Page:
Every parent that I know wants to teach their children to be kind and caring toward others. There is a universal desire for our children to be “good.”
In the thick of raising kids that often feels like a daunting task.
The New York Times article, Raising a Moral Child, by Adam Grant, explored this universal concern for parents. I stumbled on the article from a friend’s post on Twitter a few weeks ago.
It’s worth a read whether you have children or not.
Among other ideas, the article cites research from J. Philippe Rushton, the late Canadian psychologist. Rushton gave kids tokens for winning a game coupled with the opportunity to give some of their winnings away to a less fortunate child.
Rushton was looking for whether the kids were more generous after being taught about being generous or by observing their instructor modeling generous behavior. The study revealed that the instructor’s generous actions had the greatest impact on the students being generous, even when they were not taught about being generous.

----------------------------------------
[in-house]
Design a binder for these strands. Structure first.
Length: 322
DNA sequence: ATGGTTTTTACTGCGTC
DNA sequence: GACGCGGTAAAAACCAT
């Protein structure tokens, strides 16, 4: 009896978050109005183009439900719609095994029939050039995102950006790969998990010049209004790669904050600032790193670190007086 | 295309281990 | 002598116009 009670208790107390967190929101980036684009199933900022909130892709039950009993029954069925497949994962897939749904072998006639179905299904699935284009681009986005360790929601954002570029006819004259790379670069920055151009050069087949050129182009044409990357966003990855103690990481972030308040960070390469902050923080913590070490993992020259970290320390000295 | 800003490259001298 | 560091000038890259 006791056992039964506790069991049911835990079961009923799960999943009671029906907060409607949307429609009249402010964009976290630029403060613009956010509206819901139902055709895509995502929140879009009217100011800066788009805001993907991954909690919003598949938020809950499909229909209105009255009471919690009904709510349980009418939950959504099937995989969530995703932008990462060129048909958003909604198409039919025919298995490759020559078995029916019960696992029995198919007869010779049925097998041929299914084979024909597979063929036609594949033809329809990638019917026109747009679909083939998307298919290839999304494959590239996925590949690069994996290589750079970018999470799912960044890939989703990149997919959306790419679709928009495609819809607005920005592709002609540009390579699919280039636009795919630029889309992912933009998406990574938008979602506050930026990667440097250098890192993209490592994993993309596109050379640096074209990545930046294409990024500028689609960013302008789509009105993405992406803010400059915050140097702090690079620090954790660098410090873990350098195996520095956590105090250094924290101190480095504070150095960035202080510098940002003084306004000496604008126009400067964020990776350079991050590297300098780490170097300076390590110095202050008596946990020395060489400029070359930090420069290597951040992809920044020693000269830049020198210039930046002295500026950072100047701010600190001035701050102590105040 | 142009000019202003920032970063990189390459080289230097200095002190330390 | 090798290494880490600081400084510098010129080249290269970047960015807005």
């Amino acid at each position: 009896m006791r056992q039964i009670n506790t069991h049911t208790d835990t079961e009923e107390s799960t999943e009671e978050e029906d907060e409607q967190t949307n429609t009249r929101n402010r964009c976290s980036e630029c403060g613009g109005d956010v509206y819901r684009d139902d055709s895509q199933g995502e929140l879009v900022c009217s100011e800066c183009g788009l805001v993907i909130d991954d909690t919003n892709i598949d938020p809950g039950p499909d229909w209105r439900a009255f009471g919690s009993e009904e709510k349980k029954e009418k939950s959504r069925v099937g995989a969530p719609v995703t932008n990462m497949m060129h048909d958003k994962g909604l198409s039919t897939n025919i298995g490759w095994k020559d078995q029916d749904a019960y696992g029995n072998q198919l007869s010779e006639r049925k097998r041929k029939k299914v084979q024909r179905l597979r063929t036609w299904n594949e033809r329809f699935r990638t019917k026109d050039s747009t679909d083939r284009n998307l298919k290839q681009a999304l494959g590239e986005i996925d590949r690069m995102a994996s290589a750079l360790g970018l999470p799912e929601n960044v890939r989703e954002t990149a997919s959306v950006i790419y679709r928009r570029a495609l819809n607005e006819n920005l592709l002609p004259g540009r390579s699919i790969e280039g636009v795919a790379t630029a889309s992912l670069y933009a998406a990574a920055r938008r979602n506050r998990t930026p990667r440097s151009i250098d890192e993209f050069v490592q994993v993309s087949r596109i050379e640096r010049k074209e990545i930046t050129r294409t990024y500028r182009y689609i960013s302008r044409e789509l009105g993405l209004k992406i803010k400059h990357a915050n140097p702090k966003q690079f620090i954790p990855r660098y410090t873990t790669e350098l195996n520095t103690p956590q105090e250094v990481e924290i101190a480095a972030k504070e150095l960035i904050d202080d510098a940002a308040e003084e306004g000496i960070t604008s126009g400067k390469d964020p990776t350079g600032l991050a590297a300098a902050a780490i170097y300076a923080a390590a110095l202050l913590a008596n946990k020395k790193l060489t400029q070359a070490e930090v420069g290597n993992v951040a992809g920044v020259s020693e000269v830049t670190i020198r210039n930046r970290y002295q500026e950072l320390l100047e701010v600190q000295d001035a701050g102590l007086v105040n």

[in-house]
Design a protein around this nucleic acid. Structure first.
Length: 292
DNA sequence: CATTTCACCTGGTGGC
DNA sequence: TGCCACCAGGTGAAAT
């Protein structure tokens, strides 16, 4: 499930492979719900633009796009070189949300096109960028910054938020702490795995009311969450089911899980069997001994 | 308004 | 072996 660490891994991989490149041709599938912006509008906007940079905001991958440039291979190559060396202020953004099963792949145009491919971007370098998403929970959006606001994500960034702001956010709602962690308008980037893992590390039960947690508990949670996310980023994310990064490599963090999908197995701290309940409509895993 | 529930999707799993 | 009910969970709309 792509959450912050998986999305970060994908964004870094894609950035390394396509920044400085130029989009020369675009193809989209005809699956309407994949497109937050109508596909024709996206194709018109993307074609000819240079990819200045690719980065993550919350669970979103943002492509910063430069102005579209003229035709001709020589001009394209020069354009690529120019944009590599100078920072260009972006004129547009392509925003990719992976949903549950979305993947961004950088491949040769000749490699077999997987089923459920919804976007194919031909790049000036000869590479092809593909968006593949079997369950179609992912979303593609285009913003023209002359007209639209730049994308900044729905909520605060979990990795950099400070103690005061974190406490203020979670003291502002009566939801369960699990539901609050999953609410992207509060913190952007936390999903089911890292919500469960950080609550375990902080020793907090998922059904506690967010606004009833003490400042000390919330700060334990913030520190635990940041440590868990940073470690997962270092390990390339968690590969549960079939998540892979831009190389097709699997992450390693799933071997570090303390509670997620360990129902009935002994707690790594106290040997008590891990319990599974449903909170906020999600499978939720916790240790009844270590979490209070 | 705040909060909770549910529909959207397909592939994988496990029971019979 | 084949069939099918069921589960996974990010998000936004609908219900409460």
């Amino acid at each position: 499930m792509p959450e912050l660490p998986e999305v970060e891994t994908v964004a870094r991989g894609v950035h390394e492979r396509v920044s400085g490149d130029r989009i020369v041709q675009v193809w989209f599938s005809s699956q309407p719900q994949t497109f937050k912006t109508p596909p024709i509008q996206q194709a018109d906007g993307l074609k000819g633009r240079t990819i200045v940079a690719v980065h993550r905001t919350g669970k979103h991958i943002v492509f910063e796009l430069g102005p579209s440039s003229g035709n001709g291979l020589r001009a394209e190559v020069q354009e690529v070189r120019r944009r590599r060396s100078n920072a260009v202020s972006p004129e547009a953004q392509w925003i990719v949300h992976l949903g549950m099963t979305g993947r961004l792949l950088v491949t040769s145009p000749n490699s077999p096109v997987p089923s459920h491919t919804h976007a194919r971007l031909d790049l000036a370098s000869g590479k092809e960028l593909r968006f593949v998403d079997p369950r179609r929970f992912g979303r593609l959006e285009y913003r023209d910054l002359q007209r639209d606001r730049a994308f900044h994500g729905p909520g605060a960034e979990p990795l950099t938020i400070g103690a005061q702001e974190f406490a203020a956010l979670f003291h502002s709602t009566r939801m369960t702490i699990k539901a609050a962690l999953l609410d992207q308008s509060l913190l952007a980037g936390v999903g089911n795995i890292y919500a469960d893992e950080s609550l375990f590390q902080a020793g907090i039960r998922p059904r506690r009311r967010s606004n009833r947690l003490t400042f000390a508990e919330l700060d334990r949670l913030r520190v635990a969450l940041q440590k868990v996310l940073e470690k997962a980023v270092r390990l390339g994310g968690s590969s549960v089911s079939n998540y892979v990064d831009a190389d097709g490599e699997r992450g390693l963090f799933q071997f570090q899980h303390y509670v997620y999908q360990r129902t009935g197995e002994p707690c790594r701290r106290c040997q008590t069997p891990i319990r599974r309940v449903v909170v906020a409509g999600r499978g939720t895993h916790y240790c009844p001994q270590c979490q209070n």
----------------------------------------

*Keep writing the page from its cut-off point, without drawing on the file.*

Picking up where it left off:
When we reflect on this truth, it probably doesn’t surprise us. We intuitively know that often what someone says is far less influential than what they do. We watch others, and ourselves, say one thing, but do another.
What we DO sets up the culture in families, businesses, and other organizations.
That both inspires me and terrifies me at the same time. There are parts of what I do that I am so happy my kids have adopted in their own lives. But there are others that I wish I could “fix” with an easy lesson on the subject.
In both cases, my kids see through my words with ease, and often model what I do.
What are you modeling in life that you want others to adopt? What are you saying that is inconsistent with what you do? Can you identify the areas that you want to “do” differently so that what you say is more consistent with what you do?
If you can identify the discrepancies, you’ll find some opportunities for growth that will lead you more toward the life you want to live.